Chakkalackal is happy to see her students becoming critical thinkers. “Theological formation should help women religious to critique certain irrelevant traditions, practices the church maintains in the name of theology,” she added.
Fr. Saturnino Dias, former deputy secretary general of the Catholic Bishops’ Conference of India, recalled that the institute was set up when women, including nuns, had little voice in society or in the church. He said women felt discriminated against in a male-dominated society and had no courage to try anything new. Now, education has emboldened many to break off from stereotypes and venture out into freedom, he said.
The priest acknowledged that India’s traditional patriarchal system makes women, Catholic sisters, submissive and docile. Priests took advantage of the situation and kept women religious away from decision-making bodies.
Sr. Tresa Nirappel, a former student, says social conditions force women to keep quiet. “However, women religious, including many IMD alumni, have now gained courage to challenge unjust structures while remaining loyal to their faith and vocation,” she said.
Salesian Sr. Julie Fernandes, former president of her community in Goa, said theological studies have awakened women to realize that they are indeed the church’s backbone. Catholic sisters, she said, now manage most institutions in medical and educational sectors, for which the Catholic church is known and admired.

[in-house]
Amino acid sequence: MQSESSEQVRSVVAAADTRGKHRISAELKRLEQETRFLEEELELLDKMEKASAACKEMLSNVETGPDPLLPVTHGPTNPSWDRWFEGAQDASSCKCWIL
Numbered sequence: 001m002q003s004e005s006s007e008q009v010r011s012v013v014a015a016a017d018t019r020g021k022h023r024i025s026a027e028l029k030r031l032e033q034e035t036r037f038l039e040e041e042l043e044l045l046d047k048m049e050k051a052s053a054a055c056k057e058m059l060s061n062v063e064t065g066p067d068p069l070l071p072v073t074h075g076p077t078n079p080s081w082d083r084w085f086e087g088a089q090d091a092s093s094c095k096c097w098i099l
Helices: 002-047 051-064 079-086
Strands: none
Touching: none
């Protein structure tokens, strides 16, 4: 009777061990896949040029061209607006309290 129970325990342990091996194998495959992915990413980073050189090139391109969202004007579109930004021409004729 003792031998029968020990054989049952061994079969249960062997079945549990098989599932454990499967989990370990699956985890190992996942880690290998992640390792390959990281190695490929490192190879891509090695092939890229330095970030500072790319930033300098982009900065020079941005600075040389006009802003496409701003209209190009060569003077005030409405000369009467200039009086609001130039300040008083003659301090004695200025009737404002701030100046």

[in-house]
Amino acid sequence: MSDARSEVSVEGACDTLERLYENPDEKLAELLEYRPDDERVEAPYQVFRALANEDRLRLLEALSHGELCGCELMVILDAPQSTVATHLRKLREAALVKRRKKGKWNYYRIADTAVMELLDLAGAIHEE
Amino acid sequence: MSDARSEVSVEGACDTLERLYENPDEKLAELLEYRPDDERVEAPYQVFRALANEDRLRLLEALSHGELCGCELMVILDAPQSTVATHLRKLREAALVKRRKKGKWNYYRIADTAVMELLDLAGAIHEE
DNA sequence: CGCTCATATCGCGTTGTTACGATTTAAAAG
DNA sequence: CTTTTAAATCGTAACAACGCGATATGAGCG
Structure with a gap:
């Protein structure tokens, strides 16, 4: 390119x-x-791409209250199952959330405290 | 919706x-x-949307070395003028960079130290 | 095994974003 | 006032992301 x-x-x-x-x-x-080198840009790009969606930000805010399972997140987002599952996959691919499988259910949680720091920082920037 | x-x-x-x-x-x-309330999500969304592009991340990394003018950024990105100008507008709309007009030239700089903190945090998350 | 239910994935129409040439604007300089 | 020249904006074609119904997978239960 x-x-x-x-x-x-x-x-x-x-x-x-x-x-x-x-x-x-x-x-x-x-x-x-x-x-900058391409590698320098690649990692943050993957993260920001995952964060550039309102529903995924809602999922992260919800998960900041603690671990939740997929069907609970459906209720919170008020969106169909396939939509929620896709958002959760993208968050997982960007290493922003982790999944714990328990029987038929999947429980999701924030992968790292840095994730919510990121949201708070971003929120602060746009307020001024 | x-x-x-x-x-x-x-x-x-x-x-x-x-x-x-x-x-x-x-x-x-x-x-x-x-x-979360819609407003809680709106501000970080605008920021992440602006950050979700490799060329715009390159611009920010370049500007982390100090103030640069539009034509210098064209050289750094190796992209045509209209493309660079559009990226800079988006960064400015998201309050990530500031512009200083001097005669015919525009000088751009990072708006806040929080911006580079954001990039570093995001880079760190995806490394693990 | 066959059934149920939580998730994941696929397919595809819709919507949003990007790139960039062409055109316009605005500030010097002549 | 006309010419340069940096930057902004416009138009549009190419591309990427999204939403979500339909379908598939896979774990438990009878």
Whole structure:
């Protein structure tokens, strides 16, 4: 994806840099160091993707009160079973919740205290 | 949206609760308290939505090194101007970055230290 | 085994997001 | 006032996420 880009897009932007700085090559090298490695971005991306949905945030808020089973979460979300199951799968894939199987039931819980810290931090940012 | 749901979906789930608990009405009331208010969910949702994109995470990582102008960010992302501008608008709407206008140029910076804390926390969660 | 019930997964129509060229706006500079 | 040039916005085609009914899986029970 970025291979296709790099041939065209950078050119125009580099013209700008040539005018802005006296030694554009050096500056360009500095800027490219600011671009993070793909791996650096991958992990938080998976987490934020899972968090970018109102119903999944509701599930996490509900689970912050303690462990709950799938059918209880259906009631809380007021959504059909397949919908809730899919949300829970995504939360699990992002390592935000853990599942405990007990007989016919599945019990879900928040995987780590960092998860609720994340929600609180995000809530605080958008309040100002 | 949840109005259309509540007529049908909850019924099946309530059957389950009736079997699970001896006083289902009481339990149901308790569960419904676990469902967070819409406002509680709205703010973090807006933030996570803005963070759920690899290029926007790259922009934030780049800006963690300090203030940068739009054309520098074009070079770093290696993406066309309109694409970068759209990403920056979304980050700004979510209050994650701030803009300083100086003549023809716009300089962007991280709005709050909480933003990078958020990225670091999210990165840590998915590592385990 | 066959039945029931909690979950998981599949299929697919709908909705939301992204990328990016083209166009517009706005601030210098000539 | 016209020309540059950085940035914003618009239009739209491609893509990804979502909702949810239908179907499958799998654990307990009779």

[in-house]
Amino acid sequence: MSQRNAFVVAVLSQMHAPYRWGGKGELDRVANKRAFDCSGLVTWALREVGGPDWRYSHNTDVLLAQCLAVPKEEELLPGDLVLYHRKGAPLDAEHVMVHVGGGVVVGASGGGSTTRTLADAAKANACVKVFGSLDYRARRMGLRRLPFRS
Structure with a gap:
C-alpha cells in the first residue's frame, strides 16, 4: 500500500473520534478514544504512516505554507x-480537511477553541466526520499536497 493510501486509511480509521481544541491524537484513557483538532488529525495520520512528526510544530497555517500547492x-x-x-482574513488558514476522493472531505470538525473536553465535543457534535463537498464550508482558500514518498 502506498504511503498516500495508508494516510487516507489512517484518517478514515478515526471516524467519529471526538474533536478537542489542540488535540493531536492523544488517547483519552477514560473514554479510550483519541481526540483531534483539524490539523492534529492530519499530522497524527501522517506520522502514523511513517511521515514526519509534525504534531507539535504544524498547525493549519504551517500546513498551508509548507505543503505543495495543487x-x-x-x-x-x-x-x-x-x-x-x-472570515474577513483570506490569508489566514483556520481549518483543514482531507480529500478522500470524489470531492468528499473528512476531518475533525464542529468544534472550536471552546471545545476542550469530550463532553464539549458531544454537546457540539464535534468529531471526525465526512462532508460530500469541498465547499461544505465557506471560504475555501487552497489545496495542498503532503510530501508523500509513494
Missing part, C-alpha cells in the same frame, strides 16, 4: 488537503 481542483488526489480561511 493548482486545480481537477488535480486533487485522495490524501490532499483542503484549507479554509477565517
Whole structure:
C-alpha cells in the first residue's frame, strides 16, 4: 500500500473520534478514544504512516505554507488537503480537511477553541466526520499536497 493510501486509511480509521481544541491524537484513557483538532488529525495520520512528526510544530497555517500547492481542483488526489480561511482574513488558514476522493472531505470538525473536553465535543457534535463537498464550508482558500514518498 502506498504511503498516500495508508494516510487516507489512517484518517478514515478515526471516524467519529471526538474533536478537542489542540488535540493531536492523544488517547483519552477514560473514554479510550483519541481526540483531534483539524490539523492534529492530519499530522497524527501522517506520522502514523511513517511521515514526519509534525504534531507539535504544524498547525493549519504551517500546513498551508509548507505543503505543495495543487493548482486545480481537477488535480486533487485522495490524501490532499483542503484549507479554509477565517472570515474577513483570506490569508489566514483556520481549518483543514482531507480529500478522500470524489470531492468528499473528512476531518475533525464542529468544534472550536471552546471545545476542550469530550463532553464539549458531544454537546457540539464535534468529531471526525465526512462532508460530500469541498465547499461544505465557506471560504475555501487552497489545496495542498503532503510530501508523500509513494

Sr. Diana of the Pious Disciples of the Divine Master, was overwhelmed by the awareness that she is in an historical and holy place, also known as the Rome of the Orient.
“Each stone here would have a story to tell. I am privileged to touch the relics of St. Francis Xavier, which helped deepen my faith,” she said.
Despite all this, Barreto is uneasy about Mater Dei’s female-dominated atmosphere that allows interaction only among women. “It would do them good if they had opportunities to interact with seminarians, or with male formation houses, to gain a holistic outlook on life,” he suggested.
He also wants them to do research and publish journals with a female perspective.
Archbishop Menamparampil said he wants the institute to address the challenges of veiled intolerance growing in India, where people once coexisted harmoniously. This requires creative thinking and determined efforts to equip the coming generation to respond, he added.
Whatever that may be, Sr. Bindu Paul, a former student, is grateful that the institute has made her a woman of fire.
“I entered the institute as an empty vessel to be filled in, and God touched me and I have grown. IMD has prepared our timid hearts to prepare the challenges of the Third Millennium,” said the nun, a member of the Sisters Adorers, Handmaids of the Blessed Sacrament of Charity.
[Lissy Maruthanakuzhy is a member of the worldwide Congregation of the Daughters of St. Paul in India and a correspondent for Matters India. This article is part of an ongoing collaboration between GSR and Matters India, a news portal that focus on religious and social issues.]